It is also a time to consider the generosity of Halloween. We give away freely to those we don’t even know. We do our best to create safe places for our children to play and explore new costumes, identities and enjoy scary mysteries. Can’t we do that for each other? Let us try hard not to judge others, but to protect individuality for the costumes we live in life. Let each of us not just give the free candy, but give of our time, talent and treasure to our community by volunteering. Several church groups are coming together for Impact Seal Beach on November 14th and there are many service organizations and non-profits which can use your help. We need to support events by not only attending, but asking friends and family to our town and sharing the wonder that is Seal Beach.
One project in particular which will help with sharing our town is the new Seal Beach map. A joint project between the City and the Chamber, the City map is newly revised with street names, businesses and key facts. It will help both visitors and residents alike in being up-to-date and clearly to scale. It even has enlarged call out sections for our busiest areas like Leisure World and the PCH corridor. Look for it before Thanksgiving.
As the writer Steve Almond said, “Nothing on Earth so beautiful as the final haul on Halloween night.” Hopefully, all of us can have a full, beautiful bag of abundance and plenty when asked the same question. “Trick or Treat?” this time next year!

Saturday, October 24, 2009

When things go wrong. . .

Sometimes things go wrong in your business - like equipment breaking. Recently, at the bike shop, the compressor failed. As you can imagine, in a bike shop, being able to fill tires via compressor is fairly critical.

So when something fails, what do you do? Do you call someone else or can you fix it on your own?

Friday, October 23, 2009

Teaching and blogging?

Today I was working with my client Barbara B. (my bug!) and teaching her about the benefits of blogging. It reminded me how teaching is an important component of any good consultant. All to often a "consultant" comes into a business, makes some observations, analyzes some data, provides a set of recommendations and then leaves. Don't you hate that?

We need to remember to help with execution of what we recommend! Not everyone knows how to write, or analyze or observe effectively. That is NOT their failure (at least not yet.) Take a moment to try the following:

  1. Listen: Really hear what the client is trying to stay. It may take a bit for them to get it out.
  2. Listen some MORE! Then ask if there is more.
  3. Reflect on the issues based on what you know and what you have found in the situation affecting the client's business.
  4. Use the K.I.S.S. (Keep It Simple Stupid) principle when presenting findings.
  5. If you can teach a tool to reinforce the concept - do so.
  6. Follow up and repeat (do I sound like shampoo directions? - rinse, repeat)
I know I am thankful for the feedback I have gotten from others when I have asked about this blog. Their feedback (through LinkedIn Answers) really helped remind me to keep the blog focused. Hope you find it so.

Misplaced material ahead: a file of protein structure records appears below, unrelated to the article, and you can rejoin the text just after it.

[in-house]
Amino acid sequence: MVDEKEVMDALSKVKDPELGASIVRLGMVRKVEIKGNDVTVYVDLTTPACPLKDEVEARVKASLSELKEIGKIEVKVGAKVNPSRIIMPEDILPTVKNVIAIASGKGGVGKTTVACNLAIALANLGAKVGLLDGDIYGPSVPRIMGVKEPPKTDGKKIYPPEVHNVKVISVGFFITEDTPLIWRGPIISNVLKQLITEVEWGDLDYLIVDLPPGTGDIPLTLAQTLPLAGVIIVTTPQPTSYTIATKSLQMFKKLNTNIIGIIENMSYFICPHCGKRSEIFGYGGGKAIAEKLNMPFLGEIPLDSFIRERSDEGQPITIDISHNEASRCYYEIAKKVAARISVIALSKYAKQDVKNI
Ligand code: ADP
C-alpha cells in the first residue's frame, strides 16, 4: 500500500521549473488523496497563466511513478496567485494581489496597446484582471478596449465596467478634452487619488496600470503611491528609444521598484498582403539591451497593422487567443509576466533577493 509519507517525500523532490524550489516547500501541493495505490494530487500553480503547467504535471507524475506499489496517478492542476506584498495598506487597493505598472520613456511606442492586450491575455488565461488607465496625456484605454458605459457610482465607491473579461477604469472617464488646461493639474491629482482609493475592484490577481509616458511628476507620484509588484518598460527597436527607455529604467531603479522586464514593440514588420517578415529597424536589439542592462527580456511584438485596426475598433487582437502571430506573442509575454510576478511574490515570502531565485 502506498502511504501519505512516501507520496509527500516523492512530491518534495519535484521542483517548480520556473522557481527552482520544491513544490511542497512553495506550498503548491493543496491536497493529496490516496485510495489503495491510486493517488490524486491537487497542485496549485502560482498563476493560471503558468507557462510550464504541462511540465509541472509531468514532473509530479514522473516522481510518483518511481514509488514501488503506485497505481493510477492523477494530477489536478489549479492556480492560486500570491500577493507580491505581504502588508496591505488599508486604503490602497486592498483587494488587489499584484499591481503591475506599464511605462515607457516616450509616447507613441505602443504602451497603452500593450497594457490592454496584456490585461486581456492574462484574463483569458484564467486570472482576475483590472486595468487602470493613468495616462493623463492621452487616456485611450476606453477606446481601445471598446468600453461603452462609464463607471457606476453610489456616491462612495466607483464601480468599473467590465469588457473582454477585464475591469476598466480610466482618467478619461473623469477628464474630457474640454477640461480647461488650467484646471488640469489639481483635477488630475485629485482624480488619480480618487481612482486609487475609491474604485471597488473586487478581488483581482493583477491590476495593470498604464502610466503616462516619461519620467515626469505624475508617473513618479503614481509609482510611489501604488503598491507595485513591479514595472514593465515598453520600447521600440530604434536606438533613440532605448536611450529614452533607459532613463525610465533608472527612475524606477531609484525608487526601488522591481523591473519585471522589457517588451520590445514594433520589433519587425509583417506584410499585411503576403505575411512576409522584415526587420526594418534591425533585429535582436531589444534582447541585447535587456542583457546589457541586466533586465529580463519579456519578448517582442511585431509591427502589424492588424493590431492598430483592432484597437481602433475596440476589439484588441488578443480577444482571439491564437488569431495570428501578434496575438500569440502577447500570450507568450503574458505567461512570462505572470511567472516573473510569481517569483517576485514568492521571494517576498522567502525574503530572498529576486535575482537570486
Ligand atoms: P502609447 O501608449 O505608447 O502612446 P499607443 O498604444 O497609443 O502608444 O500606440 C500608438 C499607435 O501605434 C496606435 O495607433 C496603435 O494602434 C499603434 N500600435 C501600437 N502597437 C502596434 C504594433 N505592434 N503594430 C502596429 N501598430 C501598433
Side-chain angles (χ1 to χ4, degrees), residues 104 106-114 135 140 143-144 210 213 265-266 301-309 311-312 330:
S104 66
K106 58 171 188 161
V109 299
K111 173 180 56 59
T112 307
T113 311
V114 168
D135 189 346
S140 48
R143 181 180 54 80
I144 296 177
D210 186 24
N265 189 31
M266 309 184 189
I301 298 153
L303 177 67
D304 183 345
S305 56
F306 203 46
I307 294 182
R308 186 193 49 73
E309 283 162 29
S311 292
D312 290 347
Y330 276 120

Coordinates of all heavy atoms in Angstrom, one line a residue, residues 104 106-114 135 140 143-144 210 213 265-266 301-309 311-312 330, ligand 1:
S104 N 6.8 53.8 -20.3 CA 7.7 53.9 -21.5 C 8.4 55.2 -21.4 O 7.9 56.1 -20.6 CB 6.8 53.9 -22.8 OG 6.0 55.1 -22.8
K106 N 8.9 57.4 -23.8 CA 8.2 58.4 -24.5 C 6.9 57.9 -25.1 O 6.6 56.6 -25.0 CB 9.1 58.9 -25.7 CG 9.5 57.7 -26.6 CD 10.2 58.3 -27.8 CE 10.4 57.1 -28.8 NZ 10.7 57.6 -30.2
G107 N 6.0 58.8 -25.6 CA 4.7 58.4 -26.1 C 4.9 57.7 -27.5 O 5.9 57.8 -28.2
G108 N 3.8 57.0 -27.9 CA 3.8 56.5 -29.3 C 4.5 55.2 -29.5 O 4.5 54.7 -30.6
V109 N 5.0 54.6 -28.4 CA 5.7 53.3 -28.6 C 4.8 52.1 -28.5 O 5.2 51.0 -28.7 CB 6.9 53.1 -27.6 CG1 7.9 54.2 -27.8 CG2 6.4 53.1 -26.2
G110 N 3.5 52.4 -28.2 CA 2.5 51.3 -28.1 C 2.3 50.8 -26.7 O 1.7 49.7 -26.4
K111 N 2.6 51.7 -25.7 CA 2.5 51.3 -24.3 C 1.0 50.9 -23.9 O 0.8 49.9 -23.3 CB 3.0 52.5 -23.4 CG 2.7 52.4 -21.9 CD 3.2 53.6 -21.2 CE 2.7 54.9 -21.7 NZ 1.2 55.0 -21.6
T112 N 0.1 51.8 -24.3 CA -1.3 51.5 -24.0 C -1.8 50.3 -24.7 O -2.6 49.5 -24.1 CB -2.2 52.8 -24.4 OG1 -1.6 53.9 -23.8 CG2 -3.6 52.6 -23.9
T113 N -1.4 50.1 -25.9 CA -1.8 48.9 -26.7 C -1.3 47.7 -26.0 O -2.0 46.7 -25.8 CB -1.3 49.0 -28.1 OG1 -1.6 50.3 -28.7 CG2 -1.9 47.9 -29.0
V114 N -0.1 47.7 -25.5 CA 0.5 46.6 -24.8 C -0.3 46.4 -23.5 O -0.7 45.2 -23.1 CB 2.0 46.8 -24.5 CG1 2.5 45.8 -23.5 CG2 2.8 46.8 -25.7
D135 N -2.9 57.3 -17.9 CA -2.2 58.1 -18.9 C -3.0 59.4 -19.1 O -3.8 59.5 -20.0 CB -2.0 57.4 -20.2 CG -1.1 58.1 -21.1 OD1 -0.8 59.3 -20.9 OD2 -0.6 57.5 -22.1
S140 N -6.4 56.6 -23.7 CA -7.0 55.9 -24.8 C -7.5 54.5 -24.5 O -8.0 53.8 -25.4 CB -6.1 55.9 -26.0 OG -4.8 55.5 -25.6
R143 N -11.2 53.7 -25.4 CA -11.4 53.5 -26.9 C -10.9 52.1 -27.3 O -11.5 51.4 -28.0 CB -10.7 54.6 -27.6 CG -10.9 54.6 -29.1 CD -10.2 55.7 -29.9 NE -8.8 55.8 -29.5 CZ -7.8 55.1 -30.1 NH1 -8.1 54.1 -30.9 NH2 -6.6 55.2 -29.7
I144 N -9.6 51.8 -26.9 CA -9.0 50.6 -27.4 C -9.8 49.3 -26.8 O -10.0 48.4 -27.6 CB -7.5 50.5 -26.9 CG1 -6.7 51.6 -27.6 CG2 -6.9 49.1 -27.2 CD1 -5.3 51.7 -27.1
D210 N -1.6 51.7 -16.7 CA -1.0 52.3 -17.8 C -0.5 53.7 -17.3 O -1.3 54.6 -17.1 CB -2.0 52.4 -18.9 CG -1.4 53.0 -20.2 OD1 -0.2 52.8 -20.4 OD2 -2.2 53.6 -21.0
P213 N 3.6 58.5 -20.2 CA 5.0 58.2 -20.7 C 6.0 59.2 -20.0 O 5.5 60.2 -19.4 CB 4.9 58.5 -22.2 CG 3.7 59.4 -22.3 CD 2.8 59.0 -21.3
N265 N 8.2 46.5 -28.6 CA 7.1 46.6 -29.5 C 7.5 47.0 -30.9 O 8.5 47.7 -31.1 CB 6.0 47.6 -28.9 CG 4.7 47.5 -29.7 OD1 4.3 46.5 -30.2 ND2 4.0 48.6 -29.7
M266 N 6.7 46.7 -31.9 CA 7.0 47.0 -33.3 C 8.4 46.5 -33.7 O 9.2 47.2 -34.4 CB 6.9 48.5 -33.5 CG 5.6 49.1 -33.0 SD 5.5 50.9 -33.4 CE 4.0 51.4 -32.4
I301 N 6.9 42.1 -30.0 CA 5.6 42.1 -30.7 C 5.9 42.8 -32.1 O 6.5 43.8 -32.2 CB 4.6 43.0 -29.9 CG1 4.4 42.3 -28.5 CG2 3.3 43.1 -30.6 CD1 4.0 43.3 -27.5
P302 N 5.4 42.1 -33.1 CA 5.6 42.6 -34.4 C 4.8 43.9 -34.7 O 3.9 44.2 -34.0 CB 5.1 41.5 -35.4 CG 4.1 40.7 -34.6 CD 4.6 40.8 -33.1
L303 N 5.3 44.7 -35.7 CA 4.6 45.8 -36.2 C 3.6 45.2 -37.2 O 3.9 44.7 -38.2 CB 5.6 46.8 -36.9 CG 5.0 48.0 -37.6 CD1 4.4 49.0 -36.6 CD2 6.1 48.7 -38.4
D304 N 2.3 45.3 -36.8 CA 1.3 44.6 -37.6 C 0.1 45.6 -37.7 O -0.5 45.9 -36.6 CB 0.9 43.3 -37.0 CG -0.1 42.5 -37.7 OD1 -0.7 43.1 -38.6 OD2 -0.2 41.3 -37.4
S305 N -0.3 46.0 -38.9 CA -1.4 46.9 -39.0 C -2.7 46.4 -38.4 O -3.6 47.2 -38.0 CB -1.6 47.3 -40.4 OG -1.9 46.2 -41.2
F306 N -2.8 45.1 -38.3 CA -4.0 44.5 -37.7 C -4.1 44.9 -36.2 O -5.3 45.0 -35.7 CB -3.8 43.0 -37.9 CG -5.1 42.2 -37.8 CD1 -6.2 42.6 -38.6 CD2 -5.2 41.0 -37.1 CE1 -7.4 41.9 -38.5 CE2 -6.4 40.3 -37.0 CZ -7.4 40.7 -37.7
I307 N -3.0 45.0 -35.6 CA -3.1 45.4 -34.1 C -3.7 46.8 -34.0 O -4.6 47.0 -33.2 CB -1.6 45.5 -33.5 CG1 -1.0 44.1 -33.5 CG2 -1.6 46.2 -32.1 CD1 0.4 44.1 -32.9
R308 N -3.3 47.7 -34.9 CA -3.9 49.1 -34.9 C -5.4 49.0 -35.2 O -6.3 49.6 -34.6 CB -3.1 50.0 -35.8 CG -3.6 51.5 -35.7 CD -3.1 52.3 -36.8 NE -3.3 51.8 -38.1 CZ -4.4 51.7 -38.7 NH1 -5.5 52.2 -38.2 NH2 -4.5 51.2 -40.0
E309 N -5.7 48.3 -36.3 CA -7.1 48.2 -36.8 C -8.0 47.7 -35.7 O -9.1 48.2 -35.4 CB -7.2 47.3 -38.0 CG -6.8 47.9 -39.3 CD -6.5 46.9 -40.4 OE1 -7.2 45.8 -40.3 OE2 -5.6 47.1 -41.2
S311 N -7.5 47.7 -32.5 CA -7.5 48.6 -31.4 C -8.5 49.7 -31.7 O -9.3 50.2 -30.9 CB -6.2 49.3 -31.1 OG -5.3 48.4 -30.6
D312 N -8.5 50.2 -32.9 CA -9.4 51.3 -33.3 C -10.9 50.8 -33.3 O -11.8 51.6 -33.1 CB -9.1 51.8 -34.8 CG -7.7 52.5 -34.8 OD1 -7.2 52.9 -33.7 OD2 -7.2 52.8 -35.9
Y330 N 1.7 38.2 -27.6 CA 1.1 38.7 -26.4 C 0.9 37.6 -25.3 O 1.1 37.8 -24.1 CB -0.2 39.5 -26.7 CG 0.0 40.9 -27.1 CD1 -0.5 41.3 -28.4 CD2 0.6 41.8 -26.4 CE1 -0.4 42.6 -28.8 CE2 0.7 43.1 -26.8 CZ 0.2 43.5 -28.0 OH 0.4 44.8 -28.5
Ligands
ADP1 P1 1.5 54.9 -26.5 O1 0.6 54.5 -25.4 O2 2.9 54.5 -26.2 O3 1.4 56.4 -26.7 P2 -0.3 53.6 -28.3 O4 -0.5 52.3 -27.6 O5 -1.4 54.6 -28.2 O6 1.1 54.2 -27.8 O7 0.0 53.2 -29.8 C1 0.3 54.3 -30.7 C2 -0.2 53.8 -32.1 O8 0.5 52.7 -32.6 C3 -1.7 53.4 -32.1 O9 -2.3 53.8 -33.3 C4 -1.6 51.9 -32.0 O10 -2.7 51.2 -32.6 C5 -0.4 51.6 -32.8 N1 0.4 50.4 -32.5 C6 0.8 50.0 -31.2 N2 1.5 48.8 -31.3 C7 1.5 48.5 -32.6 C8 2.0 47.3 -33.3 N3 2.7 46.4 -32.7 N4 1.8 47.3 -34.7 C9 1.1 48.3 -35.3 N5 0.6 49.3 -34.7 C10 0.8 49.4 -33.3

Wednesday, October 21, 2009

Weasel Words - thank you Altus Agency!

"We are the market leader, earning our clients' loyalty by providing exemplary service and value. We value honesty, innovation and our employees most of all."

If your mission statement resembles that - shame on you!

Weasel words. We use that term for the buzzwords that people use when they really don't know what to say. It's almost like a magician's slight of hand. If I use these words, you won't recognize that I'm not really saying anything.

Many times, weasel words crop up when a committee is involved or in an environment where no one wants to tell the boss that the corporate culture is not a healthy one. Words like empowerment, paradigm and innovation are clues that you've entered into the weasel word danger zone!

Contrast those weasel words with this simple but meaningful sentence. It comes from the values statement of one of our clients (they wrote these themselves, so we're not patting ourselves on the back.) "Fun provides energy for success." I not only understood every word, but it gives me a sense of who they are and what they'd be like to work with.

I think people use weasel words because they are at a loss. They feel like they need to fill space or deflect our attention. Or that somehow we won't think they're legit if they talk like regular people. They're afraid they won't measure up. They won't be good enough.

The truth of the matter is - we know they're not perfect. And we like them better when they don't pontificate or wax on.

Basically, they have a brand inferiority complex. Keep a sharp eye on your own writing and your company's cornerstone documents. At the first sign of the weasel words - grab that red pen!

Reprinted with permission by Altus Agency & David Jefferys. If you want more info, write me!

Monday, October 19, 2009

Supporting particular communities

How do you make your "dollars" heard? Do you make sure that when you spend you shop local? What about your demographic? Do you know the power it holds? I know I try to. One of my clients has a cool partnership with Enterprise Rental Cars. When you log in to on the landing page you will see in part 3 an "Optional: Coupon, Customer, or Corporate Number" if you put in the box below the following code#: NAVIGAY, and then it will ask you for the PIN on the next screen, you will input: NAV - you will get an automatic 10% of whatever the best deal is that Enterprise is offering! So if you are allied to our community, make your dollars work when traveling. Want to know more about the project - it is There are some cool guidebooks have in several markets - Philadelphia, New Orleans, Chicago, San Diego, Los Angeles and potentially Austin! So I am just passing some savings on to you. What do you do to promote to specific communities or to build customer loyalty? This is a great example and I hope you might share more with me!